Caring for your Juicykits.com terrarium is pretty easy, so don’t screw this up! Succulents are very forgiving and that’s why we love them. But you can trust that we’ve killed our share of succulents when we were starting out, by either watering them too much or giving them too much sun. With experience, we learned that succulents don’t live at the same pace as we do – it takes over a week for them to get hungry whereas it takes us only a few hours. So try not to overcompensate when you notice your plants looking less than perfect.
Why are my succulents dying? Probably too much water. How often should I water my succulents? Whenever the soil gets completely dry – so it depends on where your succulents live. Read on! Succulents are desert plants, so they don’t need much water. In fact, they don’t like to sit in wet soil because their roots are sensitive to the bacteria that develop when there’s moisture. There are basically three things to remember about taking care of the succulents in your Juicykits.com terrarium: light, water, and death.
The Right Amount of Light
You already know that succulents need a lot of light, but how will you know how much light is enough? Your plants will tell you when they need more or less light.
Too little light: Plants will grow tall or they’ll bend in one direction in search of light. That’s called “stretching” or etiolation and it won’t hurt your plant, it just looks kind of funny. Too little light can also cause your plants to become pale and lose their color.
What to do: Move your plant to a brighter part of your space. If your succulents haven’t been in direct sunlight, avoid moving them into direct sun for long periods as they’ll burn. Direct sunlight takes a little “training” by giving the plants more and more light each day so they get used to it. Start with an hour or two each day, then leave them for an hour longer the next day. If you live in a part of the world that is dark often, try giving your plant artificial light with some Grow Lights, but remember to keep the light source no more than 12 inches from the plants.
Too much light: Yes, it’s possible to give your succulents too much light, especially when they’re babies. Most smaller succulents will burn if you leave them in hot, direct sunlight for a long time. The leaves get spotty burn marks or they’ll start to dry out from the outside inward. Sometimes the glass from your terrarium can also refract sunlight, magnifying it into an intensely hot beam. So avoid direct sun!
What to do: If some of the leaves on your succulents burn, don’t fret! They’ll grow more leaves and the old ones will die. Just move your terrarium away from the too-bright area. Don’t give it a bunch of water, that’s a common mistake. You can also try to put a piece of thin fabric, plastic grocery bag, or a paper towel over your terrarium during the really sunny part of the day, but make sure there’s plenty of air flow.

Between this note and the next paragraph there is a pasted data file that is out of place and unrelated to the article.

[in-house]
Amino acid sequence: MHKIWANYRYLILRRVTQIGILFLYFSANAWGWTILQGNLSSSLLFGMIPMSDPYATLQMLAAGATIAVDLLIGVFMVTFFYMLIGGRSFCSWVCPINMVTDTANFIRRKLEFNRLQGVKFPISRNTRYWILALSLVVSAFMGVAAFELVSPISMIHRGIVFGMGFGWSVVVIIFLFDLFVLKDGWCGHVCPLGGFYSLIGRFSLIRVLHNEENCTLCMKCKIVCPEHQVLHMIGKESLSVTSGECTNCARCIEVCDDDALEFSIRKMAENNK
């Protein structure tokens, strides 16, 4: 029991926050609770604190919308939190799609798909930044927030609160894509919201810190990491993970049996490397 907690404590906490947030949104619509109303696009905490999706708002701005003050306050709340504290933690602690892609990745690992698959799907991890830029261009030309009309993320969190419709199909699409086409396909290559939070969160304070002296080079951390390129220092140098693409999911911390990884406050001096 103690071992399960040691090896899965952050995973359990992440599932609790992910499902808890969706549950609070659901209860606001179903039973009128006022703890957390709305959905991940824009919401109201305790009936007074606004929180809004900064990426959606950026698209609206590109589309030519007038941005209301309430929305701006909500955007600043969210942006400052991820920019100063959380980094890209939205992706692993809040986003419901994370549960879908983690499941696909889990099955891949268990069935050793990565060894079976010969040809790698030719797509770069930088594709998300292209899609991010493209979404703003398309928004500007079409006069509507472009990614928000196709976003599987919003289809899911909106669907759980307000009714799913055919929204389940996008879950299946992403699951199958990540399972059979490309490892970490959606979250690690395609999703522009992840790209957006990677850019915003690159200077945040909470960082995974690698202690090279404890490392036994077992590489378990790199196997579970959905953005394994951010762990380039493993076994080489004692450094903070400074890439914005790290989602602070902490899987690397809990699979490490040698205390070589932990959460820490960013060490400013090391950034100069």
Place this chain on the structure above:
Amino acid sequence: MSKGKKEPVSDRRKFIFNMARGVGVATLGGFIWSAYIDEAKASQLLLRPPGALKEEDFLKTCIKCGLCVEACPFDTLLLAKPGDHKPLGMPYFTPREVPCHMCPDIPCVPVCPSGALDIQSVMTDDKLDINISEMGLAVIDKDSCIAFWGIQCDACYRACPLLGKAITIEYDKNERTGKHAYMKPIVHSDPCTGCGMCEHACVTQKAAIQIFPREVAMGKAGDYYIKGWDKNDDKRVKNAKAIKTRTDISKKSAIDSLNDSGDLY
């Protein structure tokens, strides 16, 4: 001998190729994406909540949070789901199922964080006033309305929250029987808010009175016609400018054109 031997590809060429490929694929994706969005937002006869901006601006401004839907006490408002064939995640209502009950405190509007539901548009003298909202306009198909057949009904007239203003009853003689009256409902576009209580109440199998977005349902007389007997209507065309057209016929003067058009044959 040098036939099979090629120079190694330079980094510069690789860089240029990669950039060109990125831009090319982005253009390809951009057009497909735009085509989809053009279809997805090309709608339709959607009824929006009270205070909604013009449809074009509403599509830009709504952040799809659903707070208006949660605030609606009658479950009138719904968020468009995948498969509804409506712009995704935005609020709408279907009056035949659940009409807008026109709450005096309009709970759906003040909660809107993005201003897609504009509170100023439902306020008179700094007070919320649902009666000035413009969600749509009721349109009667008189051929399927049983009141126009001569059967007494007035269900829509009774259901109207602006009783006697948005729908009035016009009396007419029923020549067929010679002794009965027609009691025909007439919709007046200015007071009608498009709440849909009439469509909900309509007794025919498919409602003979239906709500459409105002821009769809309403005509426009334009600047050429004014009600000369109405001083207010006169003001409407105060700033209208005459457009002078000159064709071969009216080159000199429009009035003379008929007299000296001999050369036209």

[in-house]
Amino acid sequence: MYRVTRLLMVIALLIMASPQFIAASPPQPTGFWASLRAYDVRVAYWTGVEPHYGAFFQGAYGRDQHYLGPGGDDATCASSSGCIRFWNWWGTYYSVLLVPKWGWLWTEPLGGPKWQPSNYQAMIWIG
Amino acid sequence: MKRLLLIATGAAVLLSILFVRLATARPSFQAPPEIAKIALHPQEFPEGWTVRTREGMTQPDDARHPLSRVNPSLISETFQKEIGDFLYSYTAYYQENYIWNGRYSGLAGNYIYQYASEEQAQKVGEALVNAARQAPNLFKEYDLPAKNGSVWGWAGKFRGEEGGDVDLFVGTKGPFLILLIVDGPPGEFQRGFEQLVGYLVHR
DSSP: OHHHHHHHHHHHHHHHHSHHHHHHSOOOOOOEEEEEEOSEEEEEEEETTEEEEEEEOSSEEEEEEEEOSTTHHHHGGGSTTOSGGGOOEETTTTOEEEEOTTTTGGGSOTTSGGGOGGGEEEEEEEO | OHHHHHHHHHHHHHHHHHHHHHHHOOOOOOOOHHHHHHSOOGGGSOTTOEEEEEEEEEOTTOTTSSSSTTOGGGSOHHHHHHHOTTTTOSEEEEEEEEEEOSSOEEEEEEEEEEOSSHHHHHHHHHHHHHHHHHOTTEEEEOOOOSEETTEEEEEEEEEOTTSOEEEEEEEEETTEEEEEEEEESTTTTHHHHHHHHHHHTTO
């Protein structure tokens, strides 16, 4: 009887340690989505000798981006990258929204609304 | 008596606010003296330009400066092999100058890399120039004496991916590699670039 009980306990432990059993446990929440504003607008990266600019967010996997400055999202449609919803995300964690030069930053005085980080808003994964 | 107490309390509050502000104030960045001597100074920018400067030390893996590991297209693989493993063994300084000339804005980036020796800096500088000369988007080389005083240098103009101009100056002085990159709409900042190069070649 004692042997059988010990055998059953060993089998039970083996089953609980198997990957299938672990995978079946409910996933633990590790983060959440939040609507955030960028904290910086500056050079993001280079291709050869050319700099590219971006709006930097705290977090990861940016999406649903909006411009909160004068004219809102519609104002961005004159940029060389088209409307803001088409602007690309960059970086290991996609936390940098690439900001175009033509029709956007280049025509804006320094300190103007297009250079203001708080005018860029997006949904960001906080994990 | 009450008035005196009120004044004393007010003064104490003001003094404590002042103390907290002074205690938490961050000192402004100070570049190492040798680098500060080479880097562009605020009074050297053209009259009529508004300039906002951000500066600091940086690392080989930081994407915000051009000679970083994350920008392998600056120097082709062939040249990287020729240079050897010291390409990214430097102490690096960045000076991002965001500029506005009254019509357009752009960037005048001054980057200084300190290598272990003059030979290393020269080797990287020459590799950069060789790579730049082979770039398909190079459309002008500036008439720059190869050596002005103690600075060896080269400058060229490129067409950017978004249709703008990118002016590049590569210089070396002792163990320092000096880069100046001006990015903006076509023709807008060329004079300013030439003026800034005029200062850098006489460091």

The Right Amount of Water
The “perfect” amount of water is a pretty flexible concept for succulents, but we like to say “more water, less often.” The general rule is to thoroughly water the soil, then wait for the soil to completely dry out before watering again. This is because the soil or cactus mix that succulents love drains very quickly. If you dump water into one concentrated spot, it just drains to the bottom without spreading to the rest of your terrarium. This is no good because terrariums, by definition, don’t have an opening for water to drain. For this reason, we recommend watering your succulent terrarium with a low flow of water over a large surface area. You can use a liquor pouring spout like the one that comes as part of our Terrarium Tool Kit to control the flow of water. You can also use one of the DIY watering hacks from our article “3 DIY Tips for Watering Succulents & Terrariums” to make sure you distribute the water over a wide area without getting water spots. Remember, don’t overwater and don’t water too often! You have to keep in mind that changes don’t happen overnight like they do in some house plants. Here’s how to recognize when your plants are trying to tell you something.
What to do: Stay calm. LOL. Don’t give it a ton of water just yet. Dry succulents aren’t so bad as they were made to withstand long periods without water, being desert plants. If your succulents live in a terrarium without any drainage, please be careful about how much water you give your plants. Use one of your low-flow watering spout or one of the methods methods above to water until the soil is moist all over – be patient and go slow so that water doesn’t immediately drain to the bottom. Keep an eye on the plants over the next week and you’ll see them plump up again. Don’t dump a ton of water into your succulents at once, they’ll rot and die. If your succulent lives in a container with a drainage hole, you can water it with a lot of water or even soak the entire pot/planter in water for 5-10 minutes. Then make sure you let the pot or planter drain out afterward.